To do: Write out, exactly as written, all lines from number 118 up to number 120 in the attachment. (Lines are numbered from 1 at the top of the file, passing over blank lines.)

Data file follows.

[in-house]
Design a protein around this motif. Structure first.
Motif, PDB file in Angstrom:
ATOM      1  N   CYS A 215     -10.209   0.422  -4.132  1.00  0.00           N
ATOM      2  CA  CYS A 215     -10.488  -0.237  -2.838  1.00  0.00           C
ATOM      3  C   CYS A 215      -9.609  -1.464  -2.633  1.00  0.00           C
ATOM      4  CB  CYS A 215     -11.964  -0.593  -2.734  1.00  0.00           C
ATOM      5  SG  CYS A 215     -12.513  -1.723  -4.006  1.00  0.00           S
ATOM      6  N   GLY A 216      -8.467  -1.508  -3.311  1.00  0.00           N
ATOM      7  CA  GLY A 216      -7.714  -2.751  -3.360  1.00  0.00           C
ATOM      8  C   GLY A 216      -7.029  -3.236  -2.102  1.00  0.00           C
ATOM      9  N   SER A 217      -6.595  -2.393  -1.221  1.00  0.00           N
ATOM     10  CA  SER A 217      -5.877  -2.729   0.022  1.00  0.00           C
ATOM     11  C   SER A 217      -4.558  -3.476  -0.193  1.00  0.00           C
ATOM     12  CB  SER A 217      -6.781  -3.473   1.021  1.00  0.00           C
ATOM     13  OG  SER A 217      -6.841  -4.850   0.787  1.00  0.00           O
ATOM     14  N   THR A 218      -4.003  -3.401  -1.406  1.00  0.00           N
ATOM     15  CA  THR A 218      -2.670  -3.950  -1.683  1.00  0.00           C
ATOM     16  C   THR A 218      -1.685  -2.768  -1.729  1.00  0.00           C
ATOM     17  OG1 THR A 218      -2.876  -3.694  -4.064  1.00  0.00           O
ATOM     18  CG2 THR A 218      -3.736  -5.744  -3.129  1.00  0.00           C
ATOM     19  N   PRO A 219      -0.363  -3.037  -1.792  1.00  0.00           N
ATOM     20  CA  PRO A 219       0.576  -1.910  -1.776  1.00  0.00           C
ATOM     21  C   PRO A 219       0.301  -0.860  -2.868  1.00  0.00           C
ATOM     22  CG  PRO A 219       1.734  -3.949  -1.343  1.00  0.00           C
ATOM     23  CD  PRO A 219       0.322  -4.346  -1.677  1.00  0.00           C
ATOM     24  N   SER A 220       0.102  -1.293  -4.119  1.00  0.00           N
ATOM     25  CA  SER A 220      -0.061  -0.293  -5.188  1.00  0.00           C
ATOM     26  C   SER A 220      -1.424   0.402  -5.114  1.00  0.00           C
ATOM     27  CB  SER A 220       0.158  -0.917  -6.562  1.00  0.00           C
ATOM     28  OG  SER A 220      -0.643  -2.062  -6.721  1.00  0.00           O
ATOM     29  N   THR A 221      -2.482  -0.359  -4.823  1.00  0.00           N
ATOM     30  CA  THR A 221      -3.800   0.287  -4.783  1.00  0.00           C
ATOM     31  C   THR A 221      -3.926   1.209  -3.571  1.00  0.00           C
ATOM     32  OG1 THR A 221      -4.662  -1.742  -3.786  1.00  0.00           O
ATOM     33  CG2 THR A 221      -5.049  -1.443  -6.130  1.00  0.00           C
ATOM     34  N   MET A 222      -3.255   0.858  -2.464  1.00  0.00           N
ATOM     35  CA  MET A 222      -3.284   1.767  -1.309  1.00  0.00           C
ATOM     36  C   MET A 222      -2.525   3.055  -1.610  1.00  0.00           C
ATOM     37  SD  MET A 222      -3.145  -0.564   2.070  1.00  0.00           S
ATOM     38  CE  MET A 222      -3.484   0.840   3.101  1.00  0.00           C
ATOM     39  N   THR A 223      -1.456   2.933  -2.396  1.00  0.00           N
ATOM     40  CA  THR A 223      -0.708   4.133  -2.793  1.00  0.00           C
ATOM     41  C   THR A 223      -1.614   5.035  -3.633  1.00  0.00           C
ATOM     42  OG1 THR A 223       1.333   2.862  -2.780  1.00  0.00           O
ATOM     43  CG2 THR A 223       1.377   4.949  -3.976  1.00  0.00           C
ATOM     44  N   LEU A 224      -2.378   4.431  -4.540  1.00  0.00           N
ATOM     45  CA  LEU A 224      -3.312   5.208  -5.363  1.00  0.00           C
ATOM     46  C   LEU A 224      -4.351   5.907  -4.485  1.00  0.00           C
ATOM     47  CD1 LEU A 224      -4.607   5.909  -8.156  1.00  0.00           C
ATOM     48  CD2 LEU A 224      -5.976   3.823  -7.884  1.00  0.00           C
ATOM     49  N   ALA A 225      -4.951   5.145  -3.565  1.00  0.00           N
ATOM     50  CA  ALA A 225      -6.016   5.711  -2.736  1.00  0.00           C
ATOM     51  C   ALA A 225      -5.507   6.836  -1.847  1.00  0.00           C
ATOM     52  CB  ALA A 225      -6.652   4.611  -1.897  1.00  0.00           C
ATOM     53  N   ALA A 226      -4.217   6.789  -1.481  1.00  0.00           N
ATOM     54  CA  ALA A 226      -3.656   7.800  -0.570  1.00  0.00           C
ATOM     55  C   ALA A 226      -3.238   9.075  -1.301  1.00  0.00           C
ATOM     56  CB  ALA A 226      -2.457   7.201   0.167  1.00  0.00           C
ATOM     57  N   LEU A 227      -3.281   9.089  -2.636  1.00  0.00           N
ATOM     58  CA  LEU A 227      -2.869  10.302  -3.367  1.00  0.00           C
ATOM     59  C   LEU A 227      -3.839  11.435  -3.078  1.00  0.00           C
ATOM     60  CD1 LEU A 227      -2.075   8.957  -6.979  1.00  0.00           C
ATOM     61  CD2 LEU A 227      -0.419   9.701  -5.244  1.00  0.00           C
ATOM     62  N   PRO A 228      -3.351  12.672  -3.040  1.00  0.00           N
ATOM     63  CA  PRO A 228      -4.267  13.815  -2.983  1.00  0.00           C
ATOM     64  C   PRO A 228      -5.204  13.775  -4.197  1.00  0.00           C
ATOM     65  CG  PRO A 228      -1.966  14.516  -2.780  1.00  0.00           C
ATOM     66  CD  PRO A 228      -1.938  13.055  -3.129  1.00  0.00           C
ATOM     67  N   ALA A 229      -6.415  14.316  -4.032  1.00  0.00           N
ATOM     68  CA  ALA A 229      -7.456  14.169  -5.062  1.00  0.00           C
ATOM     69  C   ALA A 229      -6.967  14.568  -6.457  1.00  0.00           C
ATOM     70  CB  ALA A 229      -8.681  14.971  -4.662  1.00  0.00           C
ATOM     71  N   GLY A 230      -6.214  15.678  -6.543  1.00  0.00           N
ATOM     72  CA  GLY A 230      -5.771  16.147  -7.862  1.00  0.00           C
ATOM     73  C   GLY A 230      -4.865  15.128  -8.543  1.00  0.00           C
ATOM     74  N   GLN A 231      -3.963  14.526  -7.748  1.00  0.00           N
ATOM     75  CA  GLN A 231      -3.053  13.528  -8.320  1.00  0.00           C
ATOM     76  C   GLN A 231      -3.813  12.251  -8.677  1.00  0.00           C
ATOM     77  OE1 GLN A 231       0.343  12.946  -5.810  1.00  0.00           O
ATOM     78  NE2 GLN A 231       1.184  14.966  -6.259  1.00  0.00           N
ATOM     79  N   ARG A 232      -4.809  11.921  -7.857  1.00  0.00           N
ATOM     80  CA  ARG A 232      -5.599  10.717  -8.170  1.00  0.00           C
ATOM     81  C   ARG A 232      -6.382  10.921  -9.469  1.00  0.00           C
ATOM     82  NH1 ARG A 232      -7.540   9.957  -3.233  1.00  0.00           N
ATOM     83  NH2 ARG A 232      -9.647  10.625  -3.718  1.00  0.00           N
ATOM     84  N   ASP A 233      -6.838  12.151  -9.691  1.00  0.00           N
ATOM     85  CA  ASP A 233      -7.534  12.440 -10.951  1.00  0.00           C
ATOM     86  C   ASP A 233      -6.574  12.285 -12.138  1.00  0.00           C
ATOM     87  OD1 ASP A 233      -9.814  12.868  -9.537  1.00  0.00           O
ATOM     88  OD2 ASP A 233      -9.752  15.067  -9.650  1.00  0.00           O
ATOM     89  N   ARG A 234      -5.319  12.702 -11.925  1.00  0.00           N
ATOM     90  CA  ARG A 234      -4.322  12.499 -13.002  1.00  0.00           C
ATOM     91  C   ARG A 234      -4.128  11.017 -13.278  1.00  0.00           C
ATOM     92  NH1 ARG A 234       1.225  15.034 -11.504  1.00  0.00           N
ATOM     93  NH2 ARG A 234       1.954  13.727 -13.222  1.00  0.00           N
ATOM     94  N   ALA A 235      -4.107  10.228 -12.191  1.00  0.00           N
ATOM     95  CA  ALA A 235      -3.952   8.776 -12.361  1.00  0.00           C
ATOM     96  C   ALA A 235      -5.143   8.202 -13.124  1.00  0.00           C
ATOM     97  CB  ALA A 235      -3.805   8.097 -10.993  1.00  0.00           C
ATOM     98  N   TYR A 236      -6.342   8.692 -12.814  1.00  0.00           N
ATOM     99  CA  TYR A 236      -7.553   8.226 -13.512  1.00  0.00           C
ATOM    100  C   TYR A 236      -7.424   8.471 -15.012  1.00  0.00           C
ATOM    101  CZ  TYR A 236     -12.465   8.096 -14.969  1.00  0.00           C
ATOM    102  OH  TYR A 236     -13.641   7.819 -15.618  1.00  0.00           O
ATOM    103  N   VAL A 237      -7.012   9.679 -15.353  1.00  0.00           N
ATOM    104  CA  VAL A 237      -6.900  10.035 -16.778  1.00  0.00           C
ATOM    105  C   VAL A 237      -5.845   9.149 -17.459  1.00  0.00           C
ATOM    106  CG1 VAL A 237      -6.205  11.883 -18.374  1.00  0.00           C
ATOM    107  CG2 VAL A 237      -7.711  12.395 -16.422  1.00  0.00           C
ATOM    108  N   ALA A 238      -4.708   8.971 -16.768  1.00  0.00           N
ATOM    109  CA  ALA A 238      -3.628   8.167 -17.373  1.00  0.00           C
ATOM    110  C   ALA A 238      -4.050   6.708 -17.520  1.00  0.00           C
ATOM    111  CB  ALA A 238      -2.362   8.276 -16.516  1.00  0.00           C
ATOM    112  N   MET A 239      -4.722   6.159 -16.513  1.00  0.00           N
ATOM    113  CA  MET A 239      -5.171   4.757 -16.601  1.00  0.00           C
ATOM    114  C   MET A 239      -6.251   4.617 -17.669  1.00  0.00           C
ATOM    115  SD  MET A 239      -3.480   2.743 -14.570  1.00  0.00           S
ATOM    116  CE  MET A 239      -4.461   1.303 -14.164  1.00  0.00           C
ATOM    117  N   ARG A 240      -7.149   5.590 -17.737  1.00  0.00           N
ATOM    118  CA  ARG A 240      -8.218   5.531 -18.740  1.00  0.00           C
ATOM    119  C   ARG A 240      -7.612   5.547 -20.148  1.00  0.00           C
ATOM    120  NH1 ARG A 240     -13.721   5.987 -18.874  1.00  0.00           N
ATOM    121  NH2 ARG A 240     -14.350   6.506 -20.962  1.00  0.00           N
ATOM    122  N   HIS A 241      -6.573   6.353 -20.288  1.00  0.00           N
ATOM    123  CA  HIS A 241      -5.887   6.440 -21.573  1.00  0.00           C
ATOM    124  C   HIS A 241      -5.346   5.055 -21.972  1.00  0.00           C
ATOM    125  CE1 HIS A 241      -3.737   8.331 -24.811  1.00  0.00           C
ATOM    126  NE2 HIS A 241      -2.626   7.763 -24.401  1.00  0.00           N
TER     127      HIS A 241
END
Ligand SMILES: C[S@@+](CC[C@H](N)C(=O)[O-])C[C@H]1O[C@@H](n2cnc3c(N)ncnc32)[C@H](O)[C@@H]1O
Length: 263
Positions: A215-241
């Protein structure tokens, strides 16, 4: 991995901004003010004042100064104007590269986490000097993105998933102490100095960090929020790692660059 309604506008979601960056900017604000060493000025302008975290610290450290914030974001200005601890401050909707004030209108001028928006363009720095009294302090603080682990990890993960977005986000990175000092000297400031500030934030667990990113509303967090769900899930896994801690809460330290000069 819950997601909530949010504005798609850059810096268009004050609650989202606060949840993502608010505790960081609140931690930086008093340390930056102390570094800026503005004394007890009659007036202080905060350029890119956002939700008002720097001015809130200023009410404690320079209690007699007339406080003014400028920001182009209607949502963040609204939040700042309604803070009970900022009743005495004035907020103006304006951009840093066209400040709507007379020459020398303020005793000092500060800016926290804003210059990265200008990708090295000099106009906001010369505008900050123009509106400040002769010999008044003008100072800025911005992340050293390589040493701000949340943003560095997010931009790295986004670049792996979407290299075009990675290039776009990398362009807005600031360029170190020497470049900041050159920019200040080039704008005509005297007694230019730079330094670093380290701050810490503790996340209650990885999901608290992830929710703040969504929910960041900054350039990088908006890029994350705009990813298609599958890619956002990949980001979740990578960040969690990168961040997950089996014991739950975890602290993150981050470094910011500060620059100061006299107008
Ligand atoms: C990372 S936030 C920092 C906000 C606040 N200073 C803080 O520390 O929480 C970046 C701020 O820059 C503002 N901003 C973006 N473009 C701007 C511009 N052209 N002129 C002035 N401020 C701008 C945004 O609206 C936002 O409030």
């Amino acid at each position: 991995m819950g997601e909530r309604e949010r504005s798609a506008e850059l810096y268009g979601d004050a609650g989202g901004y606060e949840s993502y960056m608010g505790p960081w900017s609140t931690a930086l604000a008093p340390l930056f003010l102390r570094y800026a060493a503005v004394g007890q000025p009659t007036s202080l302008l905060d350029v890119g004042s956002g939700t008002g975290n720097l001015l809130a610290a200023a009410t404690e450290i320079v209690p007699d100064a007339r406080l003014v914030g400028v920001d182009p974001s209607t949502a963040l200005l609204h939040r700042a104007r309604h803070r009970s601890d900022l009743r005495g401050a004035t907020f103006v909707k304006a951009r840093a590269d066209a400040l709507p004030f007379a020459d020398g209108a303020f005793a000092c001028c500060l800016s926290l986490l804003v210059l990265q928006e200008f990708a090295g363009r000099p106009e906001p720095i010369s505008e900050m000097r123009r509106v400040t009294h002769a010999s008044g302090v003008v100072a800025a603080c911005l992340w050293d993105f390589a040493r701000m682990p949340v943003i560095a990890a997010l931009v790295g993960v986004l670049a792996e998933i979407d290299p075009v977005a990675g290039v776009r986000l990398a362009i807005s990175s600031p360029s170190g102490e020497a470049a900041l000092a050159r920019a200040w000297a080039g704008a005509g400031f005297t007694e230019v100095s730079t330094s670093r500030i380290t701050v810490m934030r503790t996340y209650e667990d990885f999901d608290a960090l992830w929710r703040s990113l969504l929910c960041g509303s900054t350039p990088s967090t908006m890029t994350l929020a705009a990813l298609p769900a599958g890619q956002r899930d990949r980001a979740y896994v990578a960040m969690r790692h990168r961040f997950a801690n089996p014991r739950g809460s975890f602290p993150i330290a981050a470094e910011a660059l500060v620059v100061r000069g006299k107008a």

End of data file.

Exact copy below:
ATOM    115  SD  MET A 239      -3.480   2.743 -14.570  1.00  0.00           S
ATOM    116  CE  MET A 239      -4.461   1.303 -14.164  1.00  0.00           C
ATOM    117  N   ARG A 240      -7.149   5.590 -17.737  1.00  0.00           N